This is part 3 of the review. If for some reason missed the previous 2 parts, you can find them here.
Both Morrowind and Oblivion had a follower system that allowed other characters to join your party and assist you in combat. In both of these games this was an endless nuisance. The followers would constantly get stuck on terrain features and be incredibly trigger happy. Very often the character you were supposed to be escorting would detect an enemy you haven’t even seen yet (for example, a monster hiding behind a corner) and recklessly abandon you and run to fight it. This usually happened when you were looking the other way.
The only reliable way to deal with followers was to tell them to sit tight, scout ahead, clear the area of enemies and then come back for them.
Fallout 3 seems to worked out several kinks out of this system – at least for some of the follower characters. As far as I can tell the human followers still act like idiots most of the time. But they hardly ever clip on the terrain and become stuck – at least from what I checked. If they do get stuck, all you need to do is to travel to a new cell (ie. exit or enter a building) and they will get magically transported to you – kinda like in Oblivion.
Fallout 3 introduces something new though: a pet follower. This is something that was done in countless mods to previous Bethsheda games. Clearly, people always wanted to have a dog following them around on their adventures. Now you can. Fallout 3 features a pet follower called Dogmeat. I believe he was featured in the previous Fallout games as well. He is a non-hostile NPC that you can meet around the scrapyard area.
Rather than being a nuisance however, Dogmeat actually adds to the game play. For example, he is very good at spotting enemies but he doesn’t usually run up and charge them. Instead he stays at your side and growls at them which is an excellent early warning system. I can’t tell you how many times this has saved my skin. Ever since I met this dog, I have never been ambushed from behind by an enemy I didn’t see.
When you do get close enough to the enemy and engage him, he will swoop in for a kill. This is usually desirable since it will usually provide a great distraction. It allows you to actually run up to the enemy as it is preoccupied fighting off an angry dog and get a point-blank head-shot with a shotgun or other high powered weapon. I especially liked having him around during the stupid fire-ant mission. He would engage the ants head on, and I would flank them and kill them from close range without getting barbecued.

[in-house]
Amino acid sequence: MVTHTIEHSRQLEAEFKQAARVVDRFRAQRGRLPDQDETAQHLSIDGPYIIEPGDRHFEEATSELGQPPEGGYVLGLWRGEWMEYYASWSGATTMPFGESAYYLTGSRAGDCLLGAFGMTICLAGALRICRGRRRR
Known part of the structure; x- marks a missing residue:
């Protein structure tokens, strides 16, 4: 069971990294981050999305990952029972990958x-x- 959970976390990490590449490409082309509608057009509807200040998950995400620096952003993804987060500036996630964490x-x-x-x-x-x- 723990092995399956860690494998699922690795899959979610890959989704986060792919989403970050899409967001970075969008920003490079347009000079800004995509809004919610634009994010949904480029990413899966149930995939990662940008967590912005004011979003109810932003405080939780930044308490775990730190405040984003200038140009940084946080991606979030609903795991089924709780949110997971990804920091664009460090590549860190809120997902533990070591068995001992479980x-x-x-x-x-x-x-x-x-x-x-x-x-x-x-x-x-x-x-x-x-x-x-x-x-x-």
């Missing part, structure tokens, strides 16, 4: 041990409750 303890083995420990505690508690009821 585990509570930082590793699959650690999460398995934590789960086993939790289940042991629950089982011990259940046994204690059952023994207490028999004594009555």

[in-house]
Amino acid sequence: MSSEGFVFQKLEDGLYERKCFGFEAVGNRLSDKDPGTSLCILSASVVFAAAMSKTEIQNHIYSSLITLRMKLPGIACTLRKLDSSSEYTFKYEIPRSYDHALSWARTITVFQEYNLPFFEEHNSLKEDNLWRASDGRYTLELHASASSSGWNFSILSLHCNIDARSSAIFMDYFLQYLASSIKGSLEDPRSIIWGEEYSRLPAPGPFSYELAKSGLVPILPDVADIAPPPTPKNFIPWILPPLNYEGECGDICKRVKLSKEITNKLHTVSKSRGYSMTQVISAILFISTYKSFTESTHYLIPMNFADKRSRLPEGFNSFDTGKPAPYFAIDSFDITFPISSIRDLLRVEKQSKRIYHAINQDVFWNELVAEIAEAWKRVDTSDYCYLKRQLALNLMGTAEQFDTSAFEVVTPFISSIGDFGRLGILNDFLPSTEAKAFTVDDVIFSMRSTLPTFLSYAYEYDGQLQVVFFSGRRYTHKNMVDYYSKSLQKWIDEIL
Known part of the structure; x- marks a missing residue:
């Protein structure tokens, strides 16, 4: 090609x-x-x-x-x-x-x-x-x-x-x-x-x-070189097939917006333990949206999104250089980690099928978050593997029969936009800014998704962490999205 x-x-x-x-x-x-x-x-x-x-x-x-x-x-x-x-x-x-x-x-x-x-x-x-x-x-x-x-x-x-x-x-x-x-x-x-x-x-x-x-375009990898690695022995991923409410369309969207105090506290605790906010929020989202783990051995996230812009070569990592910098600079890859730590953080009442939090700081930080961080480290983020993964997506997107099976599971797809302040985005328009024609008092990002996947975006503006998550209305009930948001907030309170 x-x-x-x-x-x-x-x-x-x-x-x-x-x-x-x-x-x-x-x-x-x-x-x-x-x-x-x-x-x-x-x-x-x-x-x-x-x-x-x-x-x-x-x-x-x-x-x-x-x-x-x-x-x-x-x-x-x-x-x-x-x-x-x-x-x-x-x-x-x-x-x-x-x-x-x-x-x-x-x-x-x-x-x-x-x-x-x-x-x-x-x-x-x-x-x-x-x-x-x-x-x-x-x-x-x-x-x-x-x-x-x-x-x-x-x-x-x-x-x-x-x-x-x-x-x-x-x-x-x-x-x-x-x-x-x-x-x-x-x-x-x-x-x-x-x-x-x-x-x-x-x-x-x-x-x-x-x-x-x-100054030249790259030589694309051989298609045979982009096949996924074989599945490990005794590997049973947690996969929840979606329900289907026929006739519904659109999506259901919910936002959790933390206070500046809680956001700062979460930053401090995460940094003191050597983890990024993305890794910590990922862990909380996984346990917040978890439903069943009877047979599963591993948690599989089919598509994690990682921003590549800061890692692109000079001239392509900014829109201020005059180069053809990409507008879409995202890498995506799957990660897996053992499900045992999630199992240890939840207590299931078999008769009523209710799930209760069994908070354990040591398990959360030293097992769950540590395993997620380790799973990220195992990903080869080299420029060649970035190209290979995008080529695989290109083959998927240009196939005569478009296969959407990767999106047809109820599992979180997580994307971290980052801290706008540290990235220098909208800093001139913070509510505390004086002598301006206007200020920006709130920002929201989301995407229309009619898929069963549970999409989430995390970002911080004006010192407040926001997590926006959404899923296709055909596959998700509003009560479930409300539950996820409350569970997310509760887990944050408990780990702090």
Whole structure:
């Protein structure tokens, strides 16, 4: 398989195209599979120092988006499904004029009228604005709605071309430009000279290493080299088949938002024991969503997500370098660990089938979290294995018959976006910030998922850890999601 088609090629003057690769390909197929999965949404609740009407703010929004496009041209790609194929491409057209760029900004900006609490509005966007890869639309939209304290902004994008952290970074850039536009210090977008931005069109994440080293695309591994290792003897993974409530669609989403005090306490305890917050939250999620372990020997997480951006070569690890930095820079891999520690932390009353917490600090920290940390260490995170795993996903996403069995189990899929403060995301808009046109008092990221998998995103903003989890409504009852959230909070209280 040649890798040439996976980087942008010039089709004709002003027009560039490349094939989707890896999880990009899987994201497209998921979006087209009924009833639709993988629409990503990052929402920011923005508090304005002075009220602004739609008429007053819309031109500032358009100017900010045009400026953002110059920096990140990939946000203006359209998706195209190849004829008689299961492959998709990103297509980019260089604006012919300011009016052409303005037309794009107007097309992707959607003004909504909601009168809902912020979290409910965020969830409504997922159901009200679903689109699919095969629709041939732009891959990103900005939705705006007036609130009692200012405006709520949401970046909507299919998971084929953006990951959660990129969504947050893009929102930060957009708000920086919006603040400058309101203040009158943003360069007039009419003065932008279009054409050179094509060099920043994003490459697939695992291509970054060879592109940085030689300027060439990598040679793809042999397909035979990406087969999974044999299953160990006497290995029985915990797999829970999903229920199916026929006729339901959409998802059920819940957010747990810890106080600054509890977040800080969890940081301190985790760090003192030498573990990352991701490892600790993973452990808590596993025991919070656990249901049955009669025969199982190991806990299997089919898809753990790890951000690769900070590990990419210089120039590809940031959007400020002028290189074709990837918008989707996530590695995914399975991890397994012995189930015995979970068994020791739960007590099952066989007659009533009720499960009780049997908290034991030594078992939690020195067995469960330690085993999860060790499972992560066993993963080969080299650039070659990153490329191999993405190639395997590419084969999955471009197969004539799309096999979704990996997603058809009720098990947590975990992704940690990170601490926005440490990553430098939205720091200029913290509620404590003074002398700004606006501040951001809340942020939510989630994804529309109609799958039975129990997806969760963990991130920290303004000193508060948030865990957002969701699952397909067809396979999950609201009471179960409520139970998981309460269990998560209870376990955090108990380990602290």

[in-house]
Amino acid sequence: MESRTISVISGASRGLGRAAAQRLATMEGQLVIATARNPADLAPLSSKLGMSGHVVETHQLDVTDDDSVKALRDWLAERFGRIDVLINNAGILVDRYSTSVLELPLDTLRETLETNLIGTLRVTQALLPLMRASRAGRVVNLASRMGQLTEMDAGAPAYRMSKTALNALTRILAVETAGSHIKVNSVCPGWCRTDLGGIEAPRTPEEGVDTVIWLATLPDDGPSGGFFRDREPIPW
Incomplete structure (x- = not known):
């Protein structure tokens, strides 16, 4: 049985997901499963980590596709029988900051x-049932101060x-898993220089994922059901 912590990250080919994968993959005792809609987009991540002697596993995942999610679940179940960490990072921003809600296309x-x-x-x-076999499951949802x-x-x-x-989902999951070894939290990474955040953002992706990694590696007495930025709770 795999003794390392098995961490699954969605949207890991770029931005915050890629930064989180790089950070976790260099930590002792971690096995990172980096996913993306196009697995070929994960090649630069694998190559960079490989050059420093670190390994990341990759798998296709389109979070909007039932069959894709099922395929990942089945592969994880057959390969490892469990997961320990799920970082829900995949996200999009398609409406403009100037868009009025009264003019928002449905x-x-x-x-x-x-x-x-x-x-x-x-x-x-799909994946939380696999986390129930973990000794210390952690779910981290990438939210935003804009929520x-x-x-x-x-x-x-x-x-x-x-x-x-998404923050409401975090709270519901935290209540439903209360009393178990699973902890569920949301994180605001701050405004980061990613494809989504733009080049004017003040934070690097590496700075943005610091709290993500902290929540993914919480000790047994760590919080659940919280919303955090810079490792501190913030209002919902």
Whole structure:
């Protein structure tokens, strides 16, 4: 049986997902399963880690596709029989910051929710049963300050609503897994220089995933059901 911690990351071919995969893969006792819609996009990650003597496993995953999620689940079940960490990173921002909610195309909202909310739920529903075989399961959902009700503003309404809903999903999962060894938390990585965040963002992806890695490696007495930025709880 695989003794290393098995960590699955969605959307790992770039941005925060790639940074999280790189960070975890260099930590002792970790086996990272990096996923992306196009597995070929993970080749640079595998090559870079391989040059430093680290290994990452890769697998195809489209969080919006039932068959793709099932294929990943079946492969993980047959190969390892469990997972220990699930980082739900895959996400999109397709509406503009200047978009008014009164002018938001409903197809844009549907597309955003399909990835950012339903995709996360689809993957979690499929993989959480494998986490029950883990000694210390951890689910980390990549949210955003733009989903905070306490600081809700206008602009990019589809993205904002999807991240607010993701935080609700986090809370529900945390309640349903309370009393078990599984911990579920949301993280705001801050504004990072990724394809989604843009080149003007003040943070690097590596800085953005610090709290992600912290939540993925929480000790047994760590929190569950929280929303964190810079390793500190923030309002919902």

Dogmeats life regenerates in between combats so you actually don’t have to worry that much about his maintenance. You can however give him a stimpack by talking to him if his health is getting low during a prolonged fight.
You can also ask him to search for items such as chems, weapons, ammo or food. This can sometimes be useful when you are trying to locate something specific. If he is getting in your way (or you are on a mission that requires stealth) you can always order him to go back to Vault 101 location and pick him up later.
His path finding algorithm is pretty good and he is usually able to follow you just about everywhere. Then again, when I was doing the Germantown mission I chose to enter the fenced off area from one direction while the stupid dog ran all the way around and entered it from the opposite side engaging the two supermutants that were patrolling the area. In the end it worked out fine since it created a great diversion. Still, it shows that the much improved path finding does not always work.
The Combat System
The combat in Fallout 3 is similar to what I was used to from Oblivion. Only now it has guns. One great addition to it is the V.A.T.S. system which allows you to pause the action and take carefully aimed shots. Each of them takes several action points which regenerate over time.
Some people hate this system, but I personally like it very much. It makes the combat less about frantic circle strafing and more about tactics. For example with V.A.T.S. you can try to disarm the guy with the bazooka by shooting at his arms. Or you can conserve your precious ammo by shooting Mirelurks in the face instead of bouncing bullets off their hard carapace.
Also, it makes for some fun, cinematic events. Whenever you kill someone in V.A.T.S. mode their death will be shown in a slow-motion closeup and more animated than normal. Great example of this was battle with the sniper in Minefield town. I hid behind a rock, took a V.A.T.S. shot at the crazy guy at the top of the ruined tower with my hunting rifle and… His head fell off in slow motion. It was almost like a bullet-time animation with the spinning camera following my round as it exited the barrel of my gun and hit the target. How awesome is that?
When you are out of V.A.T.S. the combat is still fairly fun. Melee feels just like Oblivion with the RMB used for parry. When using a firearm, RMB is the “aim down the sight” mode that many FPS games employ these days. It zooms in at the target a little bit and gives you better accuracy but it makes you move slower.
When I first emerged from the Vault all I could say was “Wow!”. The Capital Wasteland is positively stunning. There is a certain sublime beauty to the desolate, ruined landscape you see at the begging of the game. And it only gets better from there.